Stack Overflow is a community of 4.7 million programmers, just like you, helping each other.

Join them; it only takes a minute:

Sign up
Join the Stack Overflow community to:
  1. Ask programming questions
  2. Answer and help your peers
  3. Get recognized for your expertise

I trying to completely automatize sending job applications. First step, to put the name of the company in a letter. It almost works, but it is stuck because it asks what command to use. Reading the documentation, I thought it could be disabled by a prefix argument, but I got something wrong. Also, it doesn't need to flash by visually, it could be done completely as a background process. I'll paste the code and you'll understand immediately:

(Oh, I'm using LaTeX/P mode in emacs - the goal is to not only update the .tex but also the .pdf file)

(defun edit-letter (comp-name)
  (let ((path "~/work/letter/comp"))
    (edit-letter-file-path comp-name (concat path "/eng/letter.tex")) 
    (edit-letter-file-path comp-name (concat path "/swe/brev.tex")) ))

(defun edit-letter-file-path (company-name file-path)
  (find-file file-path)
  (goto-line 14)
  (insert (format "\\textbf{To %s}\n" company-name))
  (setq current-prefix-arg nil)
  (call-interactively 'TeX-command-master) ; asks what command
  (kill-buffer) ) ; doesn't work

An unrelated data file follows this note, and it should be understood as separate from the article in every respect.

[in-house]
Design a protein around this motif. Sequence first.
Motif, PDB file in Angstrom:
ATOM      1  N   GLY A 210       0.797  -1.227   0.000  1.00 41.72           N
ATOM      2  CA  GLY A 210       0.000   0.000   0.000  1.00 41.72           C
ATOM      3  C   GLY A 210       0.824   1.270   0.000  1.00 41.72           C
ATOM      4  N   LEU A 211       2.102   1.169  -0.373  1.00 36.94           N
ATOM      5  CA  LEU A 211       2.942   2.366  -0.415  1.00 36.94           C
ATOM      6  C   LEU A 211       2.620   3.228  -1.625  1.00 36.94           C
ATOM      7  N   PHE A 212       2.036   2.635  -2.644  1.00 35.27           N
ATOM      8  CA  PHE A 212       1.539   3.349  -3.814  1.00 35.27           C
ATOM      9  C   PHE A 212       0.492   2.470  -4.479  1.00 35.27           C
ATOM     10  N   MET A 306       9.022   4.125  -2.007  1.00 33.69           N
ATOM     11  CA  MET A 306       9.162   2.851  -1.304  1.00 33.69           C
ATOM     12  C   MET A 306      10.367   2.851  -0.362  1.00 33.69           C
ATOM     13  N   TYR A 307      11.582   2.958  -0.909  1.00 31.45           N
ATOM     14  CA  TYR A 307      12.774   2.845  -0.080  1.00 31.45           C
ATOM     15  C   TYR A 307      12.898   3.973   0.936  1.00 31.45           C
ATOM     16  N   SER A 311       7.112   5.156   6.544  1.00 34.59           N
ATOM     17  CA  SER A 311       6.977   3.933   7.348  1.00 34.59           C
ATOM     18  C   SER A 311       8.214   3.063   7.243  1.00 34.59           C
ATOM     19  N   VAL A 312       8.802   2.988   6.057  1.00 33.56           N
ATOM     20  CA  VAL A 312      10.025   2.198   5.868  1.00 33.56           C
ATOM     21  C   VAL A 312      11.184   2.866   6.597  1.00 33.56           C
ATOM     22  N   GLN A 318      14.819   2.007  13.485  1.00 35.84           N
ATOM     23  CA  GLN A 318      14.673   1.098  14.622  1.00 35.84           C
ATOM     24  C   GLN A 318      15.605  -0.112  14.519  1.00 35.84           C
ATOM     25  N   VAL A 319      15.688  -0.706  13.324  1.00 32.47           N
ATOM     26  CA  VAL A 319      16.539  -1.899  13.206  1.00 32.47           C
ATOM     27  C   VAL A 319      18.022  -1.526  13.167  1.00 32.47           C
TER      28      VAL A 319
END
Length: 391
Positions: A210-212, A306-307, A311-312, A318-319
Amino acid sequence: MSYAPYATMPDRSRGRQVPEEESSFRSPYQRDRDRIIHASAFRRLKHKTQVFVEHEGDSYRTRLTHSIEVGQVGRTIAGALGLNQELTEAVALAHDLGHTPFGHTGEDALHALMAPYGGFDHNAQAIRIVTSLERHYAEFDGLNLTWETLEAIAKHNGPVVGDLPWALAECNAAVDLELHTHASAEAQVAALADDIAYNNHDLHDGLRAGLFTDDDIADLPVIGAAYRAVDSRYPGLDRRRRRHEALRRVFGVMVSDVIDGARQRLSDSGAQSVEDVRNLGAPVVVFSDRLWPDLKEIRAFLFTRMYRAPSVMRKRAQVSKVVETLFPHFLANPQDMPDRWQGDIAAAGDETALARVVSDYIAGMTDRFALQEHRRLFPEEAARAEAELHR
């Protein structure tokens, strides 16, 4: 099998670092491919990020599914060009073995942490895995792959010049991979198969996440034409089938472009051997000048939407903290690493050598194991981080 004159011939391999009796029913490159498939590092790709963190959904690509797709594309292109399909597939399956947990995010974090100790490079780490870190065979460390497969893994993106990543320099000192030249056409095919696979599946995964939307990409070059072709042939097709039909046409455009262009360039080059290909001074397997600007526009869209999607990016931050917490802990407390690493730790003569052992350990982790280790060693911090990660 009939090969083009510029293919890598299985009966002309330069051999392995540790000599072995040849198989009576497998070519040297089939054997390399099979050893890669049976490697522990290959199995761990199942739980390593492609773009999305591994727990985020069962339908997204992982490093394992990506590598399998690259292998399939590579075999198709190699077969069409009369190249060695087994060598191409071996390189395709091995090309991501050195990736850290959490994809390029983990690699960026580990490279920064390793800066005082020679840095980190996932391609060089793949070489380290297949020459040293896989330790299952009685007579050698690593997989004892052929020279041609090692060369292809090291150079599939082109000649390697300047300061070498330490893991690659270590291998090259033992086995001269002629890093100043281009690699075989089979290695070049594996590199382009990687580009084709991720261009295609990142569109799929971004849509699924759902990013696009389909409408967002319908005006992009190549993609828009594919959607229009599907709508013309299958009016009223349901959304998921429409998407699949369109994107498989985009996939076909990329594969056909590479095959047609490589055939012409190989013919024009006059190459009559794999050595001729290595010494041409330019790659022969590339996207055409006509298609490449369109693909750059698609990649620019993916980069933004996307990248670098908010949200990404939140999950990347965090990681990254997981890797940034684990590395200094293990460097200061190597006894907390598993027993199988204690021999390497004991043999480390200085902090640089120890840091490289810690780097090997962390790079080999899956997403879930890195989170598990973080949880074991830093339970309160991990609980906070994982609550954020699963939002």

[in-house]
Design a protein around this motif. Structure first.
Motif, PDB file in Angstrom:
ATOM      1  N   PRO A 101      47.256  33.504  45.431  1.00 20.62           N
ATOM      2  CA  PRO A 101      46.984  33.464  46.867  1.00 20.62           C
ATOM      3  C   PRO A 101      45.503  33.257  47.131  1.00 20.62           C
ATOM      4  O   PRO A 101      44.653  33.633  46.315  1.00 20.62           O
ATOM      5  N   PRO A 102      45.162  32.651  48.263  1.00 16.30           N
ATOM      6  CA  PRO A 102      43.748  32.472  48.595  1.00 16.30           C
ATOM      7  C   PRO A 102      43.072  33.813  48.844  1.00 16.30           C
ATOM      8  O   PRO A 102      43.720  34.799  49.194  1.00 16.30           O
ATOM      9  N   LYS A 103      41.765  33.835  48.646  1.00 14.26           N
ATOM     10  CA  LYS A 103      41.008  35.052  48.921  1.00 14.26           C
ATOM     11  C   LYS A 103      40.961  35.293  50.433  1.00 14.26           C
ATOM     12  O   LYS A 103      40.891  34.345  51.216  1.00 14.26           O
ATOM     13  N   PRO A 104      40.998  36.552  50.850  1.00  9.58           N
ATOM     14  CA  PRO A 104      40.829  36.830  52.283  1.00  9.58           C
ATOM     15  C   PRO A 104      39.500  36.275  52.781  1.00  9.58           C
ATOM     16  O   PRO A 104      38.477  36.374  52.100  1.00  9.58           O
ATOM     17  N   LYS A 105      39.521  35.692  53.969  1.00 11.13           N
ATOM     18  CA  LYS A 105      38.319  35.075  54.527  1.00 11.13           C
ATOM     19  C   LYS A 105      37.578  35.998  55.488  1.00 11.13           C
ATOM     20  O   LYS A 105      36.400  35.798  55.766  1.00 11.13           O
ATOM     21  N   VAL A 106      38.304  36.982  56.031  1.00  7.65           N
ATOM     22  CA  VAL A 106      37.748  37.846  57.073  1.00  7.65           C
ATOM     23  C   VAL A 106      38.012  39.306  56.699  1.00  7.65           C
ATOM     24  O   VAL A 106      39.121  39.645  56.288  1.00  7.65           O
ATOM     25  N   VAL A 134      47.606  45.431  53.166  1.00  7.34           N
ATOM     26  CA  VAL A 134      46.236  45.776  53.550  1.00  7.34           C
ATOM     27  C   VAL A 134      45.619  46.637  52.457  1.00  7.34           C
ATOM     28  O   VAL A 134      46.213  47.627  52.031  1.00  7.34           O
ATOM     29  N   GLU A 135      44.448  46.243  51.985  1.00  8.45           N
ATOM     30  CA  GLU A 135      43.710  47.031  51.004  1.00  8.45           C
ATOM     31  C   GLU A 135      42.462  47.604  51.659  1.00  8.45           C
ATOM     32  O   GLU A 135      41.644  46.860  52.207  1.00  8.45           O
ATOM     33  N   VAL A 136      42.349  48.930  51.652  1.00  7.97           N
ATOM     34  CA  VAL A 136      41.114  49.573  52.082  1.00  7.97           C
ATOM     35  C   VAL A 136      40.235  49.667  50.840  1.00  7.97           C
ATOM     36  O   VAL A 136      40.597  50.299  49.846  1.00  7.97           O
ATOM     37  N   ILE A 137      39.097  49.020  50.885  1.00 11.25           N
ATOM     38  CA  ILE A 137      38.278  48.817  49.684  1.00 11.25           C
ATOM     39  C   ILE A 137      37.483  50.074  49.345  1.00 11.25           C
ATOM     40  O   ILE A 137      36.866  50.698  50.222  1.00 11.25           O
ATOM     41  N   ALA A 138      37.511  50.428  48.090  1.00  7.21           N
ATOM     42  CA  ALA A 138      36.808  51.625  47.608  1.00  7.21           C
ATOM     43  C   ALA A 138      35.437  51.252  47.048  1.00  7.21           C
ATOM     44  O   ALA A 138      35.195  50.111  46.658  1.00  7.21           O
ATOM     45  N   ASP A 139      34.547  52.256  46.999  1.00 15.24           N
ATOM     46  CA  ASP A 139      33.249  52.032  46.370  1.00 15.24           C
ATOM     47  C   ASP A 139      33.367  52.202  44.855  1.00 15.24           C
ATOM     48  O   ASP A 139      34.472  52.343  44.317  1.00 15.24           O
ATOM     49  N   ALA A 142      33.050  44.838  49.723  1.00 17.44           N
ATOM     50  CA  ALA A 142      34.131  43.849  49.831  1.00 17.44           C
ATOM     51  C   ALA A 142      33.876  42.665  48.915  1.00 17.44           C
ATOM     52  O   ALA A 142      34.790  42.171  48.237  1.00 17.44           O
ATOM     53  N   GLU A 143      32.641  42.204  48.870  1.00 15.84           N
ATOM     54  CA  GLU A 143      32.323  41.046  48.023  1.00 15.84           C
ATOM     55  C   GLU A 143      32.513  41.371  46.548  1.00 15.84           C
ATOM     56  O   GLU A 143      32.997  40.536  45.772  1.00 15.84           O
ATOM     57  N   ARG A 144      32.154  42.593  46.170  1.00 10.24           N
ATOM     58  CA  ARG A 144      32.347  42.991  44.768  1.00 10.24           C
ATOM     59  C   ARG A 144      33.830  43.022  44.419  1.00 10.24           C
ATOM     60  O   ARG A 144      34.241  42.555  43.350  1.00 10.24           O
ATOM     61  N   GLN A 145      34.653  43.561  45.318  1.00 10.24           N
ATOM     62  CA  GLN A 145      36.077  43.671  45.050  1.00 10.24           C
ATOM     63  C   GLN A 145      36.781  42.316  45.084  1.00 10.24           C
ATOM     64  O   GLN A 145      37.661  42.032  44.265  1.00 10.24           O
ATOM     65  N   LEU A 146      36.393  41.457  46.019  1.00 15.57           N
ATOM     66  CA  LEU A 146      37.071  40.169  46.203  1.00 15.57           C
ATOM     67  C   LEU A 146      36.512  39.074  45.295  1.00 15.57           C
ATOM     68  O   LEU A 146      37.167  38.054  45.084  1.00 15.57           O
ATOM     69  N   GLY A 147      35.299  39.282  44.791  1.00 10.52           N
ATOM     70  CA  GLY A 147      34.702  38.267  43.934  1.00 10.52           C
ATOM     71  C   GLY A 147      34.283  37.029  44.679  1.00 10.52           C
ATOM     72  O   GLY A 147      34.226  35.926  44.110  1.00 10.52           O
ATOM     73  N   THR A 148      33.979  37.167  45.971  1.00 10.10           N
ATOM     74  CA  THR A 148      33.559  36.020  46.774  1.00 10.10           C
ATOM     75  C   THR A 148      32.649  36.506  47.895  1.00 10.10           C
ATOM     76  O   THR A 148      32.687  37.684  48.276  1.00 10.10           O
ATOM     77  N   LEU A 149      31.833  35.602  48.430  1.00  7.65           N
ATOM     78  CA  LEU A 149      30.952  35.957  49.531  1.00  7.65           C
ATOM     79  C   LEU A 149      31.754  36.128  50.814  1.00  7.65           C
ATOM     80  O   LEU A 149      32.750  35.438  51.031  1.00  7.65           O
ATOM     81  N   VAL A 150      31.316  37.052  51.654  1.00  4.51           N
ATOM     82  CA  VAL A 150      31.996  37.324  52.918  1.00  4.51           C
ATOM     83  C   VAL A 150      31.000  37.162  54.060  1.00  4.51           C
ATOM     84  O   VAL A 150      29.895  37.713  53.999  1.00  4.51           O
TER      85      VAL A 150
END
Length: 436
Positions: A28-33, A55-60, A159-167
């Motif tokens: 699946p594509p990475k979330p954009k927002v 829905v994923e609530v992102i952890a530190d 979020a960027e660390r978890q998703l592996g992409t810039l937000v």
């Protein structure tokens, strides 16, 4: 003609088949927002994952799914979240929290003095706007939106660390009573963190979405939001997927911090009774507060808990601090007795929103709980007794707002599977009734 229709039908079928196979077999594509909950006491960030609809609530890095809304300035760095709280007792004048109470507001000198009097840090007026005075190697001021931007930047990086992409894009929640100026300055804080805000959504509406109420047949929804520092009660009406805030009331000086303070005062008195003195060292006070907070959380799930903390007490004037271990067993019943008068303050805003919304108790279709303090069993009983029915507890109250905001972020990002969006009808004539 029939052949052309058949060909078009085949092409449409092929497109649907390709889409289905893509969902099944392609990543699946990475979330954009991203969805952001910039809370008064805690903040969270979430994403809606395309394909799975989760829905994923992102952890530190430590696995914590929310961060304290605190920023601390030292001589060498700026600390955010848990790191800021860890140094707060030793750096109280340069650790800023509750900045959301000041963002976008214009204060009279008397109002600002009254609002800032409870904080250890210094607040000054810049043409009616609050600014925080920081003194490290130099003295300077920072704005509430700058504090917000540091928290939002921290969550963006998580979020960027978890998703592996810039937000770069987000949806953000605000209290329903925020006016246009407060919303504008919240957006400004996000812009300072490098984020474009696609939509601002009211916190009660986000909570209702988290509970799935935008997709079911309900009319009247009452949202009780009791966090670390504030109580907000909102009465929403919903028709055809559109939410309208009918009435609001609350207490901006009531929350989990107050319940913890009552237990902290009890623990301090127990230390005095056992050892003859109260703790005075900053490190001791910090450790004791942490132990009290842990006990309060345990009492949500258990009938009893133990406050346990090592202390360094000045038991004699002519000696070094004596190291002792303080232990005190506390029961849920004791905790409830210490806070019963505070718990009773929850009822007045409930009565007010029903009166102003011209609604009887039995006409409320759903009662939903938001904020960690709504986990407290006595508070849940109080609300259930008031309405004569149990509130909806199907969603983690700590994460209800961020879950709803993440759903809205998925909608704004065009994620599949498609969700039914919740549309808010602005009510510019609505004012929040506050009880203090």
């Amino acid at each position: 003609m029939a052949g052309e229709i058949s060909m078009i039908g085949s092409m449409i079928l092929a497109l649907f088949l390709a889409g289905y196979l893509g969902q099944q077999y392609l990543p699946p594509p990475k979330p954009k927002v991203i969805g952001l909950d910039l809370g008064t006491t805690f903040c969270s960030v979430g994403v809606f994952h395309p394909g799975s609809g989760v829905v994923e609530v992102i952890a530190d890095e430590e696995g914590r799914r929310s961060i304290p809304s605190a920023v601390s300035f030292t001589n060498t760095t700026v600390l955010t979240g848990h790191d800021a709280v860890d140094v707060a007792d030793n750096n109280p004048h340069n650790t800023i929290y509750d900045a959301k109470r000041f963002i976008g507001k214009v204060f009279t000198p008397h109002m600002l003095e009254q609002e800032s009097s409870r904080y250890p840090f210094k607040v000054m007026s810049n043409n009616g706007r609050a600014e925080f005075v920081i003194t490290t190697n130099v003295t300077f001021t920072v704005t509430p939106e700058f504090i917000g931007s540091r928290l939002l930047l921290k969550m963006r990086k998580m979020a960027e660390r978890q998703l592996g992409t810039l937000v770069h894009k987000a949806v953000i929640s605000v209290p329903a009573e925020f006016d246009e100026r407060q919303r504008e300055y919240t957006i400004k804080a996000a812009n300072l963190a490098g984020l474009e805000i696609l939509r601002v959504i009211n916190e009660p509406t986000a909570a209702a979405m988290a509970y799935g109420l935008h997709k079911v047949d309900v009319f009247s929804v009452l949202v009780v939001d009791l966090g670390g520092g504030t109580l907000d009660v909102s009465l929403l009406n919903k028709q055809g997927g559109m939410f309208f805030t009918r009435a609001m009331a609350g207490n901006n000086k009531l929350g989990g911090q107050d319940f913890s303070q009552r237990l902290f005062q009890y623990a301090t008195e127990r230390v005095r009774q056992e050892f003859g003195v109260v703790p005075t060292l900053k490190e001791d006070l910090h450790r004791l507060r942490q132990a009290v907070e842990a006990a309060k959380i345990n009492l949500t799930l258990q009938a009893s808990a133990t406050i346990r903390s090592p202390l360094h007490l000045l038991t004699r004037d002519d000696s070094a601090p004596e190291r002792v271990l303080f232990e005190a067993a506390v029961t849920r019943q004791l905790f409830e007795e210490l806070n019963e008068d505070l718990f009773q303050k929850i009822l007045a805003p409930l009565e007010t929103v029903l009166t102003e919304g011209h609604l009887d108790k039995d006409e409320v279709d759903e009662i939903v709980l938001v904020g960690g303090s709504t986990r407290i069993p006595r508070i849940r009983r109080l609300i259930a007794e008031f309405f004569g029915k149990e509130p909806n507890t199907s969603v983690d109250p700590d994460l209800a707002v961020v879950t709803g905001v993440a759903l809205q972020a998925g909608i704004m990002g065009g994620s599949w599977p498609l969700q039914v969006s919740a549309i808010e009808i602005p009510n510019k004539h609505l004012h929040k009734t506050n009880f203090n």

(edit-letter "Digital Power Now")
share|improve this question
OK, solved it like this. Not much but it works. Concluding the second function above: (shell-command (concat "pdflatex --output-directory ~/work/letter/comp " file-path)) – Emanuel Berg Aug 4 '12 at 11:46

It's not entirely clear from your question what you're after, but if you want to use AucTeX to call a LaTeX/PDFTex/BibTex process without getting prompted for the command name, you can use this:

(TeX-command "LaTeX" 'TeX-master-file)

Try this in place of (call-interactively 'TeX-command-master) above. When you're using LaTeX/P "LaTeX" really means pdflatex.

share|improve this answer
This was so long ago so I've forgotten the details. But I managed to solve it (see my comment above). Anyway, thanks for the effort and the hint :) – Emanuel Berg Dec 28 '12 at 23:02
I didn't realize how old your question was, I was just browsing unanswered questions and saw it. I was just working with this code today for a project so it was fresh on my mind! – Tyler Dec 29 '12 at 2:40
No, in general, of course it is 100% correct to answer any question, regardless of time. If you're into Emacs and (E)Lisp, you can check out the end result here. – Emanuel Berg Dec 29 '12 at 4:25

Your Answer


By posting your answer, you agree to the privacy policy and terms of service.

Not the answer you're looking for? Browse other questions tagged or ask your own question.